New York Jets: Alex Smith

Smith to KC, one less QB on market

February, 27, 2013
2/27/13
6:00
PM ET
video

The Jets never showed interest in former 49ers QB Alex Smith, who reportedly was traded to the Chiefs, but it impacts them because there's one less quarterback on the market.

So who's left? The pickings are slim. Smith was the most accomplished quarterback available, which isn't saying much. He would've been an upgrade over Mark Sanchez, but enough to justify his $8.5 million salary? No way.

The Jets' search continues. This isn't a good time to be in the quarterback market, as there are no sure-fire answers in the draft and free agency. Let's take an inventory:

TOP FREE AGENTS

Brady Quinn, Chiefs: Jets expressed interest in him last March.
Matt Moore, Dolphins: Steady game manager. A hold-the-fort player.
Jason Campbell, Bears: Hasn't played much the last two years, but he has talent.

AVAILABLE BY TRADE

Matt Flynn, Seahawks: John Idzik connection, knows West Coast offense.
Nick Foles, Eagles: New OC Marty Mornhinweg knows him well from Philly.

POSSIBLE CUTS

Matt Cassel, Chiefs: Ugh.
Kevin Kolb, Cards: Another Mornhinweg protégé; could be cut before March 15 if he doesn't re-work his contract. Pay close attention, Jets fans, this could be the guy.

QB options for Jets: Flynn, Smith

February, 21, 2013
2/21/13
3:16
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INDIANAPOLIS -- The Seahawks' Matt Flynn and the 49ers' Alex Smith, backup quarterbacks looking for starting jobs and perhaps new homes, are available if the Jets are interested.

Their respective general managers, speaking Thursday at the scouting combine, didn't rule out the possibility of trades.

"We're going to look at all options available," 49ers GM Trent Baalke said. "Are we going to trade (Smith) for sure? That hasn't been decided."

You can bet they'll try hard to make a deal, considering Smith has a $6.5 million guarantee that kicks in April 1 -- prohibitive for a backup quarterback. Smith, of course, lost his job to Colin Kaepernick.

Predictably, Seahawks GM John Schneider spoke glowingly of Flynn, whom he signed last offseason to a three-year, $19.5 million contract in free agency. Flynn never saw the field because of the emergence of Russell Wilson, seemingly making Flynn expendable.

Schneider said they're "blessed to have two starting-caliber quarterbacks," which is what you'd expect him to say at this stage of the offseason. But he also acknowledged that "we're always going to listen to everything."

Flynn and Smith are two options for the quarterback-needy Jets. Both have a background in the West Coast offense, and Flynn is particularly intriguing because Jets GM John Idzik is a former Seahawks executive who negotiated Flynn's contract. Flynn is due to make $5.25 million for the coming season, which could be financially taxing for the Jets, who already have $8.25 million committed to Mark Sanchez.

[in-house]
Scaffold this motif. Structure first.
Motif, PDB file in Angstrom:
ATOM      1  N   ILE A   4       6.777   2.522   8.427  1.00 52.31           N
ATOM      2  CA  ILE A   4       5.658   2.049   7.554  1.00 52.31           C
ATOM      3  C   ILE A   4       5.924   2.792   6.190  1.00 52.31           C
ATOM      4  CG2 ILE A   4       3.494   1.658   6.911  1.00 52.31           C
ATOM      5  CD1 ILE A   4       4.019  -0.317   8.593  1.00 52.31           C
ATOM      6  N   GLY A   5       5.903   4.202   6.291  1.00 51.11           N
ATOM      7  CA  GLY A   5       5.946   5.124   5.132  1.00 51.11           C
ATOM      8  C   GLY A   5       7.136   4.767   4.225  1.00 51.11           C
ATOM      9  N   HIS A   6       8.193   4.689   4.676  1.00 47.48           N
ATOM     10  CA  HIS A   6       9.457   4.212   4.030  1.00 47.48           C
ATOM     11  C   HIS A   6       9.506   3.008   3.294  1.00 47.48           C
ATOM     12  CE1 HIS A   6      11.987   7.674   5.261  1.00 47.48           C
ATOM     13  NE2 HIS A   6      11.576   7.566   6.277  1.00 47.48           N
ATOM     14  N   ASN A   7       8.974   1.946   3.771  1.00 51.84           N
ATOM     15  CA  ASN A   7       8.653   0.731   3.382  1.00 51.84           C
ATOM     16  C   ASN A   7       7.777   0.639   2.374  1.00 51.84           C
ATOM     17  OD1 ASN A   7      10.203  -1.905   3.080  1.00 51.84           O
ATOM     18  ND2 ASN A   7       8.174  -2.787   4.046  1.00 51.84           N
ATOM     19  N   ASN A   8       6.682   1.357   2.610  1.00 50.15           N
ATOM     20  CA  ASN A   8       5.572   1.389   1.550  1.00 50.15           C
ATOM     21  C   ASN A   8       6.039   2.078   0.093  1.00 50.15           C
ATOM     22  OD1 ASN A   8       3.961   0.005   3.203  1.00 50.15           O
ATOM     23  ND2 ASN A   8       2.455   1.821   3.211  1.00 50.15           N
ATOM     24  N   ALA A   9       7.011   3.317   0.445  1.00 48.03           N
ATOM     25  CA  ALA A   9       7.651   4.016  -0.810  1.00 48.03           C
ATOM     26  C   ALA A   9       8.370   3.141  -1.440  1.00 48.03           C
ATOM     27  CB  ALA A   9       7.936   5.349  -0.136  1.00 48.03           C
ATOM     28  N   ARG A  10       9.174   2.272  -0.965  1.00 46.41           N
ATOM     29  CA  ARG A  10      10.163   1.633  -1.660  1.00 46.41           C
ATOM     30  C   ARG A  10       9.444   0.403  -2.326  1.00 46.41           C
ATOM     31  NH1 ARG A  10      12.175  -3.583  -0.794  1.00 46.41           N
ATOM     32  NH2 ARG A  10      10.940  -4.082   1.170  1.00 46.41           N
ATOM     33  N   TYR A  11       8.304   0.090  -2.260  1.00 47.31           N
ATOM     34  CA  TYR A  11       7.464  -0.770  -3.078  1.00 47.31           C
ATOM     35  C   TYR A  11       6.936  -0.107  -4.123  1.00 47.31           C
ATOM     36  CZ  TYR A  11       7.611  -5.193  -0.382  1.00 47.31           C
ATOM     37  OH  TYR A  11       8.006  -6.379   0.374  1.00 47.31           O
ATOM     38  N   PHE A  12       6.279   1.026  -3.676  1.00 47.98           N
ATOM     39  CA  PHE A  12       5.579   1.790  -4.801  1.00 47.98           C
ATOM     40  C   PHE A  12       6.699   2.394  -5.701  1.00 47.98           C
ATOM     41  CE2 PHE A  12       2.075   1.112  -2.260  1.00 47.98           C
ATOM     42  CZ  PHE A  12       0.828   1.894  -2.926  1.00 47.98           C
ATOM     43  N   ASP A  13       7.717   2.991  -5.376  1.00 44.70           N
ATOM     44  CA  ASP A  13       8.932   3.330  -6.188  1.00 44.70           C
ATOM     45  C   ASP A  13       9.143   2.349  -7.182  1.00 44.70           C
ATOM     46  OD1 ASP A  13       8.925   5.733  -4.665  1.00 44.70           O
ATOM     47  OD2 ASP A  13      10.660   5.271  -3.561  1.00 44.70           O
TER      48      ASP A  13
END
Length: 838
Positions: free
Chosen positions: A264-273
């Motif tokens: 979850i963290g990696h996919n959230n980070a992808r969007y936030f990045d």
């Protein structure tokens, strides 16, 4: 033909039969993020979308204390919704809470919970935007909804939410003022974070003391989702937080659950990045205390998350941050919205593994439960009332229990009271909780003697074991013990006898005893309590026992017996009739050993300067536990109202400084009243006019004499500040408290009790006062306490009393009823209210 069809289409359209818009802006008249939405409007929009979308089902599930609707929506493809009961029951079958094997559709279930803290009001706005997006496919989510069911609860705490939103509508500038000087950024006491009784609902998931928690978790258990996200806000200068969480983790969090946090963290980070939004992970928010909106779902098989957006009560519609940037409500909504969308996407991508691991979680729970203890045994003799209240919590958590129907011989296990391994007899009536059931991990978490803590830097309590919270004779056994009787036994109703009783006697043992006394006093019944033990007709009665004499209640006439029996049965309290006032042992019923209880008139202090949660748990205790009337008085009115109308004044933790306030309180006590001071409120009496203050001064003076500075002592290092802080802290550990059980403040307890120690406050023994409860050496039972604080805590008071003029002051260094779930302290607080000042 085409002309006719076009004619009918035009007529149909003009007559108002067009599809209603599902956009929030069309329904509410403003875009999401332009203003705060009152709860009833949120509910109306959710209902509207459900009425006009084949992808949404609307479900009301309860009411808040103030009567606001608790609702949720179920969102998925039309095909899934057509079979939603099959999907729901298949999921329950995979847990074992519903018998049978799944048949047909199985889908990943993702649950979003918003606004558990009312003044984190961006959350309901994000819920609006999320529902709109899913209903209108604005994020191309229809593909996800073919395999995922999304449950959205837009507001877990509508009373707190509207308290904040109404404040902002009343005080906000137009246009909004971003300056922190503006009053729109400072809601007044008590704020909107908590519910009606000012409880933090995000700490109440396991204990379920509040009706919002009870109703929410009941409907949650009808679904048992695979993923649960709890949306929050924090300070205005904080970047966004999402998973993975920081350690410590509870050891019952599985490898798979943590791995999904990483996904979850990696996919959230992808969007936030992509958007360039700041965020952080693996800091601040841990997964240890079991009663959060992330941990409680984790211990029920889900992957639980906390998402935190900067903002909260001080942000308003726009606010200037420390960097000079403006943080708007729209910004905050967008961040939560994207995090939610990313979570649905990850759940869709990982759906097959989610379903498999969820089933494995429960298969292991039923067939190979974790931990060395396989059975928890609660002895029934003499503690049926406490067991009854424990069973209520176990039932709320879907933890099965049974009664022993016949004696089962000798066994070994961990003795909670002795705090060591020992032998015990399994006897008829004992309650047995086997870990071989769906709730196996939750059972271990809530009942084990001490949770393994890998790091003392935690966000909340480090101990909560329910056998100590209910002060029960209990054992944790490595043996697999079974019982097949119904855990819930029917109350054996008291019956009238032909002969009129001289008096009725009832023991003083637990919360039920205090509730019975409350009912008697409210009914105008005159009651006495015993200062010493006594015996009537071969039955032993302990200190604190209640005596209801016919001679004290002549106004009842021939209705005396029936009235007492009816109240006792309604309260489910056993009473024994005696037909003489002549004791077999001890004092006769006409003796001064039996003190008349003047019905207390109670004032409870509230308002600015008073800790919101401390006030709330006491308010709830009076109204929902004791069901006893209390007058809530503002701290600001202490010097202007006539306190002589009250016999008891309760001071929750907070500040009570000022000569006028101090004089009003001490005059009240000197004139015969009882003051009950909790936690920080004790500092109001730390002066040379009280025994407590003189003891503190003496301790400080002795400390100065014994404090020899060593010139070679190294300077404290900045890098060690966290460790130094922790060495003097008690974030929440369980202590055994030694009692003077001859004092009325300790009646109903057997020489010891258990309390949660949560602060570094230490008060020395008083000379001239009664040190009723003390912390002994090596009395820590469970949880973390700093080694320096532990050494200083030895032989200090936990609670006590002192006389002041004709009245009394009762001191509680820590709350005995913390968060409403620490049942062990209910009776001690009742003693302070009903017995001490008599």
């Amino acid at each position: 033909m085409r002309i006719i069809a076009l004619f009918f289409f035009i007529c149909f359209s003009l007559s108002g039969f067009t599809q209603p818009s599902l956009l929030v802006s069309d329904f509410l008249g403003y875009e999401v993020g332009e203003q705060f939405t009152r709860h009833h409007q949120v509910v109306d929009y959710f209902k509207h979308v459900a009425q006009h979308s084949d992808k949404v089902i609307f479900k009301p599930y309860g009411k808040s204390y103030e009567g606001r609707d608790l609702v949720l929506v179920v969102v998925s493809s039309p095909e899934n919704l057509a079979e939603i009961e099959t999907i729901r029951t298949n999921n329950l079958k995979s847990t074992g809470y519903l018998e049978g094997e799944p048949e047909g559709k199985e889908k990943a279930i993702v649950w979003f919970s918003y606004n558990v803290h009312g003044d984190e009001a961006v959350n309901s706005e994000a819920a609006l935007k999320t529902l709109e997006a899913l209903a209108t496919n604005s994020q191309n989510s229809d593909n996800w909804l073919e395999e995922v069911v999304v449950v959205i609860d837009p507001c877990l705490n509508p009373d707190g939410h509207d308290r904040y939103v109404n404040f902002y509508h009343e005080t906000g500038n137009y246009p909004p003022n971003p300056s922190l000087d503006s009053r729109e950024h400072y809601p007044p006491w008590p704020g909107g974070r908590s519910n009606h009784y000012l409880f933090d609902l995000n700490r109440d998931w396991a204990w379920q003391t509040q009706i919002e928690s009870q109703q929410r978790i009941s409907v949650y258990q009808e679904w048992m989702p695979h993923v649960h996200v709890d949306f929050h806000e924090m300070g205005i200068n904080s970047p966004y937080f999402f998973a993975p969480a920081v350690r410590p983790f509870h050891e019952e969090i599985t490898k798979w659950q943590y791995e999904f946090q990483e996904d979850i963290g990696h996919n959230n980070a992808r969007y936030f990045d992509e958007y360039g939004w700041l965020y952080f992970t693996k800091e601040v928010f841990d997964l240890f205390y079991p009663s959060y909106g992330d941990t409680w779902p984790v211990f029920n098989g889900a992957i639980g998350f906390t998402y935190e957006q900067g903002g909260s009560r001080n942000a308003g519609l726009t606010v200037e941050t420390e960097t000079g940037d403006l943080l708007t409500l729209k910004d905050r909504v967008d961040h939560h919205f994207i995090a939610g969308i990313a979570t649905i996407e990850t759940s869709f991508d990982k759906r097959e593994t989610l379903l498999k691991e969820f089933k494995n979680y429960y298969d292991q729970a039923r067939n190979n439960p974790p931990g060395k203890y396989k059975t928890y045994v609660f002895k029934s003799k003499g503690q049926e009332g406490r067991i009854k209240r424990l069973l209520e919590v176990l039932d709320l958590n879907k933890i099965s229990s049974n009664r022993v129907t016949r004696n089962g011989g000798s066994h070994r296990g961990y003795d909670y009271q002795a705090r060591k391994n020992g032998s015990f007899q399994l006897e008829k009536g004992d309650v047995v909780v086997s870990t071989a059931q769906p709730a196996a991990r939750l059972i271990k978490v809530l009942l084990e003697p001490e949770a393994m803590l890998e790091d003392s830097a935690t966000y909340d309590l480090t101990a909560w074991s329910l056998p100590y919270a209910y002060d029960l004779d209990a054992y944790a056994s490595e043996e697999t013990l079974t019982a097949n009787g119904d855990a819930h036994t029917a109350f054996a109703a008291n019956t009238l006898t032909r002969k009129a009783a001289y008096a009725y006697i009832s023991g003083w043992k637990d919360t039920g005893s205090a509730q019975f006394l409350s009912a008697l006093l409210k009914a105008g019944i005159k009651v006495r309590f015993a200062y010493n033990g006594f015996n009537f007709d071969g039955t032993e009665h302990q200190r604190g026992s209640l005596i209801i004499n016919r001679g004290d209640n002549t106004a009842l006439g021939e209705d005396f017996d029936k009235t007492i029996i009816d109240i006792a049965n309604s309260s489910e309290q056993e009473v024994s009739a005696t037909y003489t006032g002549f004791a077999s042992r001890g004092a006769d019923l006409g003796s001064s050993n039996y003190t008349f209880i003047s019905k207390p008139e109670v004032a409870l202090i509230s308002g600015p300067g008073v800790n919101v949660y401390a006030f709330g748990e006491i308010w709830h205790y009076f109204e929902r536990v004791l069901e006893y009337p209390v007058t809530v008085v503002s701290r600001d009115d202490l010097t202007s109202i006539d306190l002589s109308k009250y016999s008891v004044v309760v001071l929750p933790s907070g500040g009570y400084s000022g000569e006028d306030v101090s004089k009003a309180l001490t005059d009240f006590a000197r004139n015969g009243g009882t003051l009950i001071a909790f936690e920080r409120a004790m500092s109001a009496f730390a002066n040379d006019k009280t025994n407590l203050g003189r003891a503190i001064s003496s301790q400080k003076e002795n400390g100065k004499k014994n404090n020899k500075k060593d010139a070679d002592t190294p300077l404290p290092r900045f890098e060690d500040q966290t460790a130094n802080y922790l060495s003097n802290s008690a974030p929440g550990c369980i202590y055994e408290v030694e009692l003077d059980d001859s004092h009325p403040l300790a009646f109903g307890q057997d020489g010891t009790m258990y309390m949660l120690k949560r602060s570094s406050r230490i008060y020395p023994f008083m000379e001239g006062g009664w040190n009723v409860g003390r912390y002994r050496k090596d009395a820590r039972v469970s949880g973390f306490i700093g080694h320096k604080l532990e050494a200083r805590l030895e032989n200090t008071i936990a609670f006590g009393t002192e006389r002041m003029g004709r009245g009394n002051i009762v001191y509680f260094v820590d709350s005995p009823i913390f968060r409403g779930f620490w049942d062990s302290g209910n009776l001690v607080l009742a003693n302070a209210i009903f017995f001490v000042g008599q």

Three-point stance: San Francisco 49ers

September, 27, 2012
9/27/12
1:36
PM ET
The New York Jets enter Week 4 as the only team in the NFL with two divisional wins as they gear up to host the San Francisco 49ers. With CB Darrelle Revis injured for the remainder of the season, Gang Green will have to improvise on defense to replace the NFL leader in passes defended since 2007.

The 49ers suffered a surprising defeat in Minnesota last week. On defense, San Francisco allowed a Total QBR of 89.9 to Vikings quarterback Christian Ponder, their second-worst performance in the Total QBR era since 2007.

Of the 15 games scheduled in the NFL, this will be one of the two (Cowboys/Bears, MNF, ESPN) featuring opponents with winning records. Let's break down three statistical keys for this marquee matchup:

1. The Jets will have to defend a dynamic pass catcher in Vernon Davis, who is tied with Heath Miller for the NFL lead in touchdown receptions (four). Despite his position, Davis presents a deep threat as he leads qualified tight ends with an average target depth of 11.4 yards downfield. Meanwhile, the Jets have been physical with tight ends, holding them to 2.1 yards after catch, best among NFL defenses in 2012.

2. The 49ers have used a standard four-man pass rush on 79.7 percent of defensive plays since the start of last season, second in the NFL behind only the Eagles. Maximizing pressure with minimal personnel has allowed San Francisco to drop seven in coverage and disrupt passing lanes. From the start of 2011, the 49ers rank third in passes defended and lead the NFL with 21 interceptions when using four pass rushers or fewer.

Mark Sanchez could test that secondary. He leads the NFL with an average throw distance of 11.3 yards downfield against four or fewer pass rushers.

3. Alex Smith will face an aggressive Jets defense that ranks second in the NFL with added pressure on 42.4 percent of opponent dropbacks. Smith has been tops in the league against added pass pressure and trails only Robert Griffin III in Total QBR against five or more pass rushers. The Jets might need to change the game plan against Smith, especially without Revis to clamp down in the secondary.

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